What is immunotherapy? What are allergy shots? How does immunotherapy work?
You may be trying to find answers to these questions, and you have come to the right place!
Allergy immunotherapy is a treatment in which a patient is injected with small amounts of an allergen on a regular basis. The doses are slowly increased over time, causing the patient’s immune system to become less and less sensitive to the allergen. This type of therapy is also called "allergy shots."
When people have allergies, their blood contains high levels of Immunoglobulin E (abbreviated IgE), an allergic antibody. IgE is activated by an allergen (ragweed, cat, dust mites, etc), and then binds itself to “mast” cells that will then release histamine. Histamine is the chemical directly responsible for your allergy symptoms - sneezing, swelling, allergy cough, congestion, etc.
How Long Does Immunotherapy Take?
Immunotherapy is a long-term commitment of up to five years (or more) of treatment. The results are slow and gradual, but some patients do notice an improvement in allergy symptoms within six months of starting this allergy treatment.
After two years of immunotherapy, your NY allergy doctor can assess how successful the treatment has been. If you have been able to reach high doses of allergen, you should have noticed an improvement in your allergy symptoms by this point.
After four or five years, most patients can discontinue treatment and will experience reduced allergy symptoms (or no symptoms at all) for a significant period of time. However, it is likely that symptoms will slowly return over the next several years. If or when you start to experience significant allergy symptoms again, you may consider continuing immunotherapy treatment.
Who Should Consider Immunotherapy?
Immunotherapy is recommended for patients with significant allergy symptoms that last at least six weeks out of each year. It is also considered for patients with asthma, frequent sinusitis, or allergies to insect stings. Because of the time required and the risk associated with immunotherapy, it is not recommended for patients with mild allergies. It is also not approved in the US for people who have food allergies.
Reactions to Immunotherapy
During your course of treatment with allergy shots, you may experience adverse reactions. These reactions fall into two classes:
Local reactions are those that occur at the injection site (usually the backs of the arms). You may experience redness, swelling, itching, or an irritating lump. An antihistamine (like Benadryl) and/or an ice pack can be useful in reducing any swelling or discomfort. This type of reaction can occur during the recommended 30-minute waiting period at the allergy doctor’s office, or sometime over the next 24 hours. It is helpful if a patient can describe the location and size of any local reactions, so that the NY doctor can properly adjust your next dose. Depending on the severity of the reaction, your NYC specialist may hold your dose the same or reduce your dose.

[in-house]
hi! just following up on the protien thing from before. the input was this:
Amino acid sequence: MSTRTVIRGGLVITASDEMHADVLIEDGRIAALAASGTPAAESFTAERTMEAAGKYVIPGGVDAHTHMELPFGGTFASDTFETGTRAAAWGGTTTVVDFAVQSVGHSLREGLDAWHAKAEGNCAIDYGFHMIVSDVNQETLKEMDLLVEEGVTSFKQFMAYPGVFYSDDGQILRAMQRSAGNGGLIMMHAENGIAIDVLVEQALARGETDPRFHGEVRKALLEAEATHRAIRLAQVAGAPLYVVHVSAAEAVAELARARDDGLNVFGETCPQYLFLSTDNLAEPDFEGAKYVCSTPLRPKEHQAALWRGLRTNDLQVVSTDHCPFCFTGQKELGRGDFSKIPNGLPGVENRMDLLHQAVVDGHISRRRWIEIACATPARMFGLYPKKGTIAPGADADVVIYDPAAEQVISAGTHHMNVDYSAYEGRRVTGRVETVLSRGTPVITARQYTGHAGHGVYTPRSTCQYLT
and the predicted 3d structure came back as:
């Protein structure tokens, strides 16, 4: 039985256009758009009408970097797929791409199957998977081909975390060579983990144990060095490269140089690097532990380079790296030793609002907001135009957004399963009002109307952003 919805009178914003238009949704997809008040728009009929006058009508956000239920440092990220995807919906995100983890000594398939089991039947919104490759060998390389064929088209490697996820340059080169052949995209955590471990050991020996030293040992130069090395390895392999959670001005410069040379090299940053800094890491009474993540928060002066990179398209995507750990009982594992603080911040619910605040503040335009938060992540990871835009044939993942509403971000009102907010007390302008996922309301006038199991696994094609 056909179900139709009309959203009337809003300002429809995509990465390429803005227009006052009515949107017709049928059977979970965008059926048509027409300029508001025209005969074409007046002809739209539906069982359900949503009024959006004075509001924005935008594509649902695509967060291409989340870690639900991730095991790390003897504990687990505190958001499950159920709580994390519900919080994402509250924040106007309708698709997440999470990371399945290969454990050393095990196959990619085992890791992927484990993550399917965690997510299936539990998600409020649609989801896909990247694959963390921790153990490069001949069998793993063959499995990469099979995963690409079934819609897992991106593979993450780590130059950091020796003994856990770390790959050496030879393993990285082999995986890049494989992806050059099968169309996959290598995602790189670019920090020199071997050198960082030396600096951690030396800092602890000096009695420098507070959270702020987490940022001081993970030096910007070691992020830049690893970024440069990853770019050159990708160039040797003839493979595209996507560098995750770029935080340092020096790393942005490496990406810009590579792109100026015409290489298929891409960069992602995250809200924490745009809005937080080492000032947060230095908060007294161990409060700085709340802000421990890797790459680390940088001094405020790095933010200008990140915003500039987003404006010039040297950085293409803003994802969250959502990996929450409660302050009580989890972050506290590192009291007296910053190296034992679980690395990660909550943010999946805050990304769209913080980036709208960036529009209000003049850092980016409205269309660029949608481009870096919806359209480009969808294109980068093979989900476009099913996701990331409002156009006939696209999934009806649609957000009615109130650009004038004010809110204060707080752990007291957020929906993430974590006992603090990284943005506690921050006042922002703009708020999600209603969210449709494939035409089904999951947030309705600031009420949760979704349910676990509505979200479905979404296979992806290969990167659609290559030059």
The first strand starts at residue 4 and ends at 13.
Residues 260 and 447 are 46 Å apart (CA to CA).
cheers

Systemic reactions (also called anaphylactic reactions) are much more troublesome than local reactions because they can be life-threatening. A systemic reaction usually begins with itchiness or a tingling/tickle in the throat. It can evolve to include difficulty breathing, hives, chest tightness, dizziness, swelling of the lips or throat, or a general sense of warmth in the body. This type of reaction usually occurs right after the injection (within ten minutes) but can be slightly delayed (up to an hour). If you may be experiencing a systemic reaction, you should return immediately to your NY allergist’s office or go straight to the emergency room.
Drugs to Avoid if you are on Immunotherapy
Beta-Blockers are a class of drugs that are used to treat heart problems. However, Beta-Blockers should not be taken by patients who are undergoing immunotherapy. Beta-Blockers can make you resistant to epinephrine, the most critical drug used to treat systemic reactions. Also, there is some evidence that patients who are taking Beta-Blockers are more likely to experience reactions from immunotherapy.
If an ear, nose, and throat doctor or any other NYC dr has prescribed Beta-Blockers to you, it is very important to let him/her know that you are on immunotherapy and were informed that you should not take Beta-Blockers.
If you are interested in immunotherapy, call us at 212-686-4448 to schedule an appointment. NYASC has access to the latest testing and treatment, and we offer convenient allergy & asthma clinics throughout NYC: Murray Hill, Midtown, Upper West Side, Chelsea, and Queens. We see pediatric and adult patients from all around the New York City area, including Queens, the Bronx, Brooklyn, Manhattan, and Staten Island. And our specialists can also help you find relief for your asthma, nasal and sinus symptoms, ENT (ear, nose, and throat) conditions, respiratory allergies, & skin problems. 212-686-4448.
Allergy shots are usually not started for a woman during pregnancy, though there is no medical reason not to do so. The beginning of immunotherapy has the most allergic reactions to the shots (see reactions to shots). If a woman has been receiving immunotherapy and becomes pregnant, she may safely continue the shots during the pregnancy. Immunotherapy has been used for over 75 years and does not harm the baby.